Boeing Announces Software Fix for 737 Max Aircraft

By Paul Riegler on 27 March 2019
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DSC_0242Boeing previewed software changes on Wednesday to its beleaguered 737 Max aircraft at the company’s facilities in Renton, Washington, as well as new mandatory pilot training, saying that the changes will improve the safety of the aircraft, which has been involved in two deadly crashes since October 2018.

The changes have been “provisionally” approved by the Federal Aviation Administration.

“We’re working with customers and regulators around the world to restore faith in our industry and also to reaffirm our commitment to safety and to earning the trust for the flying public,” said Mike Sinnett, a company vice president, in a briefing for pilots, reporters, and regulators there.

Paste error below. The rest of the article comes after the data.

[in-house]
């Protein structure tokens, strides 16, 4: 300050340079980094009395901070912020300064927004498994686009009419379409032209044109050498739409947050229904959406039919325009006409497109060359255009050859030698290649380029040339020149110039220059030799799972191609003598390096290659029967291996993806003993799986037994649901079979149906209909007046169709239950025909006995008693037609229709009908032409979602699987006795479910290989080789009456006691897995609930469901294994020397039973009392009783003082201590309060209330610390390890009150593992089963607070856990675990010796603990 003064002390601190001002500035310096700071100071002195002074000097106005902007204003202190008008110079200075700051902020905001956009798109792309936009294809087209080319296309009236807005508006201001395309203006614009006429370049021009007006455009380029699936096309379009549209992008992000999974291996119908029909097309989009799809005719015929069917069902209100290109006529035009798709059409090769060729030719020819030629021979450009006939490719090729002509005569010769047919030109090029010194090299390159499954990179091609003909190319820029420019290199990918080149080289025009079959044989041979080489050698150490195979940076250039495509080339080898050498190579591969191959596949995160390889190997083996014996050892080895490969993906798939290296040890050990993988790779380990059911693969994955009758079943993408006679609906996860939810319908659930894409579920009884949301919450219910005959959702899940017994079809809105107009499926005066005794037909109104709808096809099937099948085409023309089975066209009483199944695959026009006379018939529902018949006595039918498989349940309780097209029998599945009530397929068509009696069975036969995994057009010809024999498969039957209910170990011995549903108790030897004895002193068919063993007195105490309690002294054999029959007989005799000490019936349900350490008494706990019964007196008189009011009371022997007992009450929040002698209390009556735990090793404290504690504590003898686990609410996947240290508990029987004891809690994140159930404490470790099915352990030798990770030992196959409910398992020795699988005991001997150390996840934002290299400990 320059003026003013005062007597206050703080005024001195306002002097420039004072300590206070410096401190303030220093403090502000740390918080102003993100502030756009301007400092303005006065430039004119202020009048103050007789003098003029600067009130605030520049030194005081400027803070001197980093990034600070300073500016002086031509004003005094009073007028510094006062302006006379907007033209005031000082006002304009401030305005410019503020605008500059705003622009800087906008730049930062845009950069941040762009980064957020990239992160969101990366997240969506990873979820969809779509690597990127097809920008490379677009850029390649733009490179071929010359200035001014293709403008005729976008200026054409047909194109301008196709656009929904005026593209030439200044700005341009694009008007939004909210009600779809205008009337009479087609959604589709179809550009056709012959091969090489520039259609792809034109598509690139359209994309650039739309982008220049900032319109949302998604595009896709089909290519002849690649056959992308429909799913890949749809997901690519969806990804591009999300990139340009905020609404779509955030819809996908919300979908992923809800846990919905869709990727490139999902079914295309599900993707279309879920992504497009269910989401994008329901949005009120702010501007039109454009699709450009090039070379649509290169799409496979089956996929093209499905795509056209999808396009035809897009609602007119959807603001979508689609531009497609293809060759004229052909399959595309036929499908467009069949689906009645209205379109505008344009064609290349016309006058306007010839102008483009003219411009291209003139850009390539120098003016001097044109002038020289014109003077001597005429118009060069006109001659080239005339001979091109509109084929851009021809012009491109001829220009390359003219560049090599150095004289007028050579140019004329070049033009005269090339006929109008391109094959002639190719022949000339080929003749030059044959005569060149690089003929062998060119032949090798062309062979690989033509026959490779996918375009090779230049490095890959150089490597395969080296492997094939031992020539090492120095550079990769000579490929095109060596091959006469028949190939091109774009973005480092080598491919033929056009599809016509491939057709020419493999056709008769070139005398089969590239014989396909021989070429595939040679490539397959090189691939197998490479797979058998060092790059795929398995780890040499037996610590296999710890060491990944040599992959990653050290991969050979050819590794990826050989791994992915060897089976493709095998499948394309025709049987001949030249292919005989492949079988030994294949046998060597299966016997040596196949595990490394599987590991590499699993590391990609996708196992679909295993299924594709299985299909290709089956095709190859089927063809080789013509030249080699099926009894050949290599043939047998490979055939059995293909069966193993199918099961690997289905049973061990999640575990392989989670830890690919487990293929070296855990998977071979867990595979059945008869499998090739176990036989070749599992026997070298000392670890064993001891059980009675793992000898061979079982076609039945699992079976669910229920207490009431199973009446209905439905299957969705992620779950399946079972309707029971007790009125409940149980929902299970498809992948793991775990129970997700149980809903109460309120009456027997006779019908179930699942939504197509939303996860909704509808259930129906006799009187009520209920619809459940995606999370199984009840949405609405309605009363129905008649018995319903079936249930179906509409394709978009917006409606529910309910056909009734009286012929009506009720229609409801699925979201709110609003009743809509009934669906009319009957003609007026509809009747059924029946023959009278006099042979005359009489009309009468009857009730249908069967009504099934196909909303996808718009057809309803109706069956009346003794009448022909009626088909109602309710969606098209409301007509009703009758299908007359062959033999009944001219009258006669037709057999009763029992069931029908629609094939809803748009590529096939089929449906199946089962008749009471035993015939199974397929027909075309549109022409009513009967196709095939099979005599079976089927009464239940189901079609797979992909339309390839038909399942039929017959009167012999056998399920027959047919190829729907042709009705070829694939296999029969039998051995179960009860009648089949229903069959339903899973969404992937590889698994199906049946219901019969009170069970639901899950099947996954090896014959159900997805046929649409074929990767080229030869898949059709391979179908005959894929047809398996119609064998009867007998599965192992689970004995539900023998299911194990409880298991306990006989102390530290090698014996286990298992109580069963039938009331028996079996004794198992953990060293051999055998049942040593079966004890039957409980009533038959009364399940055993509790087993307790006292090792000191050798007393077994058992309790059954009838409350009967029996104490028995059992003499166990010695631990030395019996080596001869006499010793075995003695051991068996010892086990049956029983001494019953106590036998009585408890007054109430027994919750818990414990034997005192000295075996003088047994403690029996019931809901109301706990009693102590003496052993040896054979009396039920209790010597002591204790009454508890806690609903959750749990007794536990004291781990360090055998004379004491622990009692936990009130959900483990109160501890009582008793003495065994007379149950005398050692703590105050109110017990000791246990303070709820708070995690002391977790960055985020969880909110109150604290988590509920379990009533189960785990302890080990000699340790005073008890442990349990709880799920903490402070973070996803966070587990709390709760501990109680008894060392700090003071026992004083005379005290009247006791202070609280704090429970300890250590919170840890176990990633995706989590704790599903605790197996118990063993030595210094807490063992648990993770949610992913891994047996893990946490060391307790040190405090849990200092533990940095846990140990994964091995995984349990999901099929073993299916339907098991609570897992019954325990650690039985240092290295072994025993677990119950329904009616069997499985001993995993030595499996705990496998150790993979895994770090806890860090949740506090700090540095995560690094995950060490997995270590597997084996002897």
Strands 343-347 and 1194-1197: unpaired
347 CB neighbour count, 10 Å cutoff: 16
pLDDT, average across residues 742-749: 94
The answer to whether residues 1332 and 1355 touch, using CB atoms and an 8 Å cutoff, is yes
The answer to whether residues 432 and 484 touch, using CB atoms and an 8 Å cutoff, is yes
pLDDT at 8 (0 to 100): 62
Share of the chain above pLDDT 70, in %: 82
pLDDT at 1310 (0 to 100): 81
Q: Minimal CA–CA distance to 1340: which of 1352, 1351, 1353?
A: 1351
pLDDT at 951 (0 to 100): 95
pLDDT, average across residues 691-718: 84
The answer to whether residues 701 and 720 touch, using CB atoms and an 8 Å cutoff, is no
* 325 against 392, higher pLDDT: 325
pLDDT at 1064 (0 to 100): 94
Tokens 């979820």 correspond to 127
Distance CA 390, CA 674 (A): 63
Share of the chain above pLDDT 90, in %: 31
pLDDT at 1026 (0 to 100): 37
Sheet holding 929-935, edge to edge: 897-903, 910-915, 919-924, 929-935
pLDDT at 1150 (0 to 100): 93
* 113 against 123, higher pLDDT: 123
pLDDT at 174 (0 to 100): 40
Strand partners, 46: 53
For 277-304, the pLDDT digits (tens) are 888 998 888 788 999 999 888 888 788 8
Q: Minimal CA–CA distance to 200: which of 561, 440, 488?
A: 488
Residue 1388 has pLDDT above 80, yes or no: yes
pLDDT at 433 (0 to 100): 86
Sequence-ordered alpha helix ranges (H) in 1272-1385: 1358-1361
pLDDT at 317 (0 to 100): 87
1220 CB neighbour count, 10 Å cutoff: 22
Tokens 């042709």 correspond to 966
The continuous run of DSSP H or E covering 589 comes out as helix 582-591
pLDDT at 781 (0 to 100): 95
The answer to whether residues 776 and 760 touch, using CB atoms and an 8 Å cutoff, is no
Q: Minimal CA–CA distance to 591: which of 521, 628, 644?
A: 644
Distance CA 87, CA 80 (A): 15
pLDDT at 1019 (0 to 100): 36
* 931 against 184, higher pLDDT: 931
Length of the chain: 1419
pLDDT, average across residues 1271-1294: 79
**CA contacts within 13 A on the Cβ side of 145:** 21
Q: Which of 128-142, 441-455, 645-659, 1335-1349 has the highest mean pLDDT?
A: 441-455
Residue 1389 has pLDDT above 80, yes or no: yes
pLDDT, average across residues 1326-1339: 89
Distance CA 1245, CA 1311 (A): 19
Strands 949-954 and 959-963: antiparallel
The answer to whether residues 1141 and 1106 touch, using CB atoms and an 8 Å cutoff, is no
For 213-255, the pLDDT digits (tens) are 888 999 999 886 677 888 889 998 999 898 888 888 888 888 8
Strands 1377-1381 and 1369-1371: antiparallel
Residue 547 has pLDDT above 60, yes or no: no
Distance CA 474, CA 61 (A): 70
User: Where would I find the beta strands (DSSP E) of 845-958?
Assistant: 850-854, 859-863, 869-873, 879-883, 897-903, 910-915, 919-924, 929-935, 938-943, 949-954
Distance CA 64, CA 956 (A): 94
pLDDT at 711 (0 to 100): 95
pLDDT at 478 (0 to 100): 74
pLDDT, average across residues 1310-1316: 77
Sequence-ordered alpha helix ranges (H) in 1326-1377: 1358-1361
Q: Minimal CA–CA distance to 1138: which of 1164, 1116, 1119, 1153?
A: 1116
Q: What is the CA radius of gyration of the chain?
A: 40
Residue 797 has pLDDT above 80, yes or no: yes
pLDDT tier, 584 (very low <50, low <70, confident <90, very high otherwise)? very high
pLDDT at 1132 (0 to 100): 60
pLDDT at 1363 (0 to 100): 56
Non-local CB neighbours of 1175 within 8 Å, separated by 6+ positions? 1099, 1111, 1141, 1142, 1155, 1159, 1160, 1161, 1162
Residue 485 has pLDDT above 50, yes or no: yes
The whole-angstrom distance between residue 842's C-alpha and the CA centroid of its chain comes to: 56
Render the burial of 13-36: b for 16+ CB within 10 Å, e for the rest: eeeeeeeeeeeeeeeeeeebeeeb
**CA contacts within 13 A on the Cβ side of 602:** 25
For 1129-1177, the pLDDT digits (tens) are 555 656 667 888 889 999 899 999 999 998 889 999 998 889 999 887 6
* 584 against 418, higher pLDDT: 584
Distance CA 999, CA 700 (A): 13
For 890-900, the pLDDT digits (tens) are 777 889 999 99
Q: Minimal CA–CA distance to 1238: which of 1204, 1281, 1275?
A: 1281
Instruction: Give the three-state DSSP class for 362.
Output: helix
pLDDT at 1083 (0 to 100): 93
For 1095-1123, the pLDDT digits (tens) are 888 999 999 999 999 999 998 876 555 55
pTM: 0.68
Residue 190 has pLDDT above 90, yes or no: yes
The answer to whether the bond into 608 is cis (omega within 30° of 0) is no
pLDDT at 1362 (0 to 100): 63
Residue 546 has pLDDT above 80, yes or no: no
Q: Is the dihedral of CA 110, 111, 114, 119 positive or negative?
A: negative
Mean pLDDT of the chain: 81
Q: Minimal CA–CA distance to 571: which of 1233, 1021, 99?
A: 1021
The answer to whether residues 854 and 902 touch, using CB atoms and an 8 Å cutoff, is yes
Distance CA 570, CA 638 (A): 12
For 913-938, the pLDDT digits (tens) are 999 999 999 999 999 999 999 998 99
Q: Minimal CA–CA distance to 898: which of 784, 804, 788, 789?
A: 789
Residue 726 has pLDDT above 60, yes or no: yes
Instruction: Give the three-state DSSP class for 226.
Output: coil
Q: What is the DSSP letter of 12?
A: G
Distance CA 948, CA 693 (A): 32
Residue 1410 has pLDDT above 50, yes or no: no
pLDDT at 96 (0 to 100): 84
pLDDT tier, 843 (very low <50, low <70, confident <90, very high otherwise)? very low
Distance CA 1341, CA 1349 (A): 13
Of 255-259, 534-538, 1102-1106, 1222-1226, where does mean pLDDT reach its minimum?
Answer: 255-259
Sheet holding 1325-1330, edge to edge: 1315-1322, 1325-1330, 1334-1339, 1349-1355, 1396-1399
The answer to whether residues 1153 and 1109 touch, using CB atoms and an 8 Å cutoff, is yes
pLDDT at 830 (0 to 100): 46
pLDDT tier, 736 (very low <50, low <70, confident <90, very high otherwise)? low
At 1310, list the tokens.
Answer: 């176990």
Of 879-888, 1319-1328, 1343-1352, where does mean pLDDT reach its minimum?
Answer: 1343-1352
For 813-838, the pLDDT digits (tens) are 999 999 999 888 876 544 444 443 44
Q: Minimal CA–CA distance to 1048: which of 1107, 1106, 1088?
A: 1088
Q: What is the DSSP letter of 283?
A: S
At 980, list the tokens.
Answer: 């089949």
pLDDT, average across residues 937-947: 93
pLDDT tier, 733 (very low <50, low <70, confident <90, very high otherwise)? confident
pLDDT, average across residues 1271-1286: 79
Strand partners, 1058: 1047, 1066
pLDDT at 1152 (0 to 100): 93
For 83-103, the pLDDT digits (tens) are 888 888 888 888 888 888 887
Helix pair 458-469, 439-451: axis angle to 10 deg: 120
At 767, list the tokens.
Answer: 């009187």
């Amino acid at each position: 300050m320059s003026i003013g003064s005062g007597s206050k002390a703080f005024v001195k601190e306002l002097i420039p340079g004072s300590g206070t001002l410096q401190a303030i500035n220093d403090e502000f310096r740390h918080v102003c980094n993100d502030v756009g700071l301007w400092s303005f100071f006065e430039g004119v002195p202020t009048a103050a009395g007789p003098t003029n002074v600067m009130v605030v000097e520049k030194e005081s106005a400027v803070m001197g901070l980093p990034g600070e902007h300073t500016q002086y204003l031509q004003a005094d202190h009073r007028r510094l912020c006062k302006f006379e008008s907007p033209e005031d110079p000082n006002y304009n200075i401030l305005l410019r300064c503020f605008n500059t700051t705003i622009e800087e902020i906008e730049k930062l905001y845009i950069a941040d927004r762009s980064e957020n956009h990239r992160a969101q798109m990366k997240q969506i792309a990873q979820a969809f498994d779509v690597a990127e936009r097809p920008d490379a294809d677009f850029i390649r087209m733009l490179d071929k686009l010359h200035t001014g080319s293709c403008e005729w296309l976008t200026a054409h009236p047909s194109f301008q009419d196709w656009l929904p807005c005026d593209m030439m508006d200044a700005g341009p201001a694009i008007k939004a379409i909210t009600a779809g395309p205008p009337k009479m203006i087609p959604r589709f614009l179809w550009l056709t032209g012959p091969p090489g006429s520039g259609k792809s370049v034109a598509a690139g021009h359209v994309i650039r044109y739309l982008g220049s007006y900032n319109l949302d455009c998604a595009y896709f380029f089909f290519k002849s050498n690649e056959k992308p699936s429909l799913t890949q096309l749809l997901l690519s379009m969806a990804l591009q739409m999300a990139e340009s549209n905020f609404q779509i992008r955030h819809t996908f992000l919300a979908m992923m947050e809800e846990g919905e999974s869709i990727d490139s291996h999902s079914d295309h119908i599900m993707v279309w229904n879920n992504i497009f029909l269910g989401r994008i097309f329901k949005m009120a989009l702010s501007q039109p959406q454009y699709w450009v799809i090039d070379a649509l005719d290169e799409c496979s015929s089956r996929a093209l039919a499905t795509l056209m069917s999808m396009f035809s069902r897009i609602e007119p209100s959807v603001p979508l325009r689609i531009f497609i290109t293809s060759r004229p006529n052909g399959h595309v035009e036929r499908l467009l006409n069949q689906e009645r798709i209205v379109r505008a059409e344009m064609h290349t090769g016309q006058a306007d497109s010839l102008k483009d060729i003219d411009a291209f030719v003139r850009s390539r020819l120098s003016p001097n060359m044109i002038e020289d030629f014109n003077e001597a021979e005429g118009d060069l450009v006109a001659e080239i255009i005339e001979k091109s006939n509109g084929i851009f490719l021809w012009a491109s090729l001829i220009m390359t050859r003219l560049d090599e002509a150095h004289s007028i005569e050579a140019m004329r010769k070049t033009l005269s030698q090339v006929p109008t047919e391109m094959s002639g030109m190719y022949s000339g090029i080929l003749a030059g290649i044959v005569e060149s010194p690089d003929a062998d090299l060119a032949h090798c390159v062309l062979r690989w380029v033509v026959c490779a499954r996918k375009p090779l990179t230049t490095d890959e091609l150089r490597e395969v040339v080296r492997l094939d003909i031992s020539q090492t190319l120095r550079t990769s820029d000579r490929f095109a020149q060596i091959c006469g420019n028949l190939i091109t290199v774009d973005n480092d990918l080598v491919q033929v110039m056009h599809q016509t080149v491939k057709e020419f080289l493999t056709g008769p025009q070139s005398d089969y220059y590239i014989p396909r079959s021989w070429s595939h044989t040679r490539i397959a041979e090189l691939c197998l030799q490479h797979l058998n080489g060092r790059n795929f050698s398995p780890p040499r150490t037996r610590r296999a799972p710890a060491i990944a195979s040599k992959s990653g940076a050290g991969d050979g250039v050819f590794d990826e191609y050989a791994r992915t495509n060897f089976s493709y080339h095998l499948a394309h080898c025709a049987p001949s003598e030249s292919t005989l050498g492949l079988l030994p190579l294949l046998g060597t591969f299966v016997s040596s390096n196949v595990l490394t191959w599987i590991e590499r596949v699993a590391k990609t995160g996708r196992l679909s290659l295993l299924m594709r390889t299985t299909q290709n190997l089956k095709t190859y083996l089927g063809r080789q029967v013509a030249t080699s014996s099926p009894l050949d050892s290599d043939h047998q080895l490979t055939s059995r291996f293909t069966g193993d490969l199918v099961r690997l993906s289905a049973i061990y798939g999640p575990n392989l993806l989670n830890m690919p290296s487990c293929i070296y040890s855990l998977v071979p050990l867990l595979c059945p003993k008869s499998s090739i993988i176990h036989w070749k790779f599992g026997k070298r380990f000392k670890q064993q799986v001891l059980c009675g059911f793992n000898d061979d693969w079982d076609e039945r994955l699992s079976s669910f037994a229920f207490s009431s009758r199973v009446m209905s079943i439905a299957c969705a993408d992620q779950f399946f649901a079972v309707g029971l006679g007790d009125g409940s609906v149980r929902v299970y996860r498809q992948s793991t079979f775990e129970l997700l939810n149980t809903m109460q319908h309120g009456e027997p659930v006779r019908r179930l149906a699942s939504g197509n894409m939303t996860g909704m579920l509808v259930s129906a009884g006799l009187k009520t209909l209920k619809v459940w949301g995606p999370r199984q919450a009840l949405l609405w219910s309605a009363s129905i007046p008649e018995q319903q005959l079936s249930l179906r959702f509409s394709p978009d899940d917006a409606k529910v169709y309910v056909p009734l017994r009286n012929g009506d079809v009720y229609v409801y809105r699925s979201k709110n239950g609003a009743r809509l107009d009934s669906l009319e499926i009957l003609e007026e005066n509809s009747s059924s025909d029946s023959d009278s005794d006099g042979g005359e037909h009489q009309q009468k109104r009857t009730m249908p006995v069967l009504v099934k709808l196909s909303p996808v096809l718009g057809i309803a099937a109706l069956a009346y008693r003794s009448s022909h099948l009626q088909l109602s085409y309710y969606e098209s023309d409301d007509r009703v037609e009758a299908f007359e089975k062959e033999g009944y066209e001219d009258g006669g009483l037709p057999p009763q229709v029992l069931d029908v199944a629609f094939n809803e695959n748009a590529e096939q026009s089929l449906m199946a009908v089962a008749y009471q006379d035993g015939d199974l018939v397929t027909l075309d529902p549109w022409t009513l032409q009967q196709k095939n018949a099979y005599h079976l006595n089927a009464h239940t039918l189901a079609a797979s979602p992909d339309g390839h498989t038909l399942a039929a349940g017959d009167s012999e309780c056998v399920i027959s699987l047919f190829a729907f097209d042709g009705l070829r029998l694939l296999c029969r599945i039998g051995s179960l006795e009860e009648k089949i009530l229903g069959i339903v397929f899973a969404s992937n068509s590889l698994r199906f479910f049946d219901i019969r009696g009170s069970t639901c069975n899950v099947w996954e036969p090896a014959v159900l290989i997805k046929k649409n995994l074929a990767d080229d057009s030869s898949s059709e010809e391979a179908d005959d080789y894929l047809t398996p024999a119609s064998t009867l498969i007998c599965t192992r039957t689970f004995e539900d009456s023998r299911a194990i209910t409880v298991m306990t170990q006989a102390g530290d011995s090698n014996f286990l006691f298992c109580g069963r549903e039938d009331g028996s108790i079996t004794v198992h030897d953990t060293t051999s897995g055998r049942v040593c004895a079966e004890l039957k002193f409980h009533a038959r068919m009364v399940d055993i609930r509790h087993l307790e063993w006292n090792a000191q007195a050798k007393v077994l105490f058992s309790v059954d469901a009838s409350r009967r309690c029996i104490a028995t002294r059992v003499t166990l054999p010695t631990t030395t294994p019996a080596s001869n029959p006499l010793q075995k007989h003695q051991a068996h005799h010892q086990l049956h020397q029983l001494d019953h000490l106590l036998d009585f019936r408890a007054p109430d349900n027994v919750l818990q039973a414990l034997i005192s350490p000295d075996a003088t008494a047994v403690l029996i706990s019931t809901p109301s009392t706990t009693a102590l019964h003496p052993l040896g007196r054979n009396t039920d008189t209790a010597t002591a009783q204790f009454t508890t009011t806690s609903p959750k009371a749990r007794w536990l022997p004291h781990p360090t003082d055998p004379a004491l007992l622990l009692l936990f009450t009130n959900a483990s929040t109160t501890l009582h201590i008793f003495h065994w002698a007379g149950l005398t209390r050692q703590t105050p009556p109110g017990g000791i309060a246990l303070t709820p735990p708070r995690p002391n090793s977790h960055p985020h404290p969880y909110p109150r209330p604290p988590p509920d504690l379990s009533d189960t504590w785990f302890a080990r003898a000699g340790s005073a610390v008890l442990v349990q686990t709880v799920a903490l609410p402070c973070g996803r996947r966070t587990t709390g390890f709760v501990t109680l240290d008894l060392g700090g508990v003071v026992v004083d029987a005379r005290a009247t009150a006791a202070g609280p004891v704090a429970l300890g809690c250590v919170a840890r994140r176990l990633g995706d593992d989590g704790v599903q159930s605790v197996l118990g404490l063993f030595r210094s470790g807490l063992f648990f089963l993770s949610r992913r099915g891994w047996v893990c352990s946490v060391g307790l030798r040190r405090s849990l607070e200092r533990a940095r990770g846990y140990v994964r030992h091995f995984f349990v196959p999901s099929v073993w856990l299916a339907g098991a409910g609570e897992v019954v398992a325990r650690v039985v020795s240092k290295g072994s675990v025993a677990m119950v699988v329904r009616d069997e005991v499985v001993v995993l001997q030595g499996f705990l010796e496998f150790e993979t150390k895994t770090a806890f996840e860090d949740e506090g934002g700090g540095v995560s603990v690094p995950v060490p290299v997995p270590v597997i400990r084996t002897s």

The changes focus on the the Maneuvering Characteristics Augmentation System, or MCAS, which was originally intended to automatically take over if a aircraft’s nose suddenly rose in a way that could lead to stalling, a determination that was made by one sensor.

With the changes, the system will compare readings from two sensors that monitor for the plane’s forward angle. If the sensors disagree by 5.5°, the system won’t activate but will instead illuminate a warning light to alert pilots.

The changes will also make it easier for the pilots to override the system without the system trying to counteract the change.

In addition, Boeing plans to mandate training that focuses on the difference between the 737 Max and older 737 aircraft and covers the MCAS. The new training would be in addition to the 21 days that pilots are currently required to undergo to fly a 737.

(Photo: Accura Media Group)

Accura News

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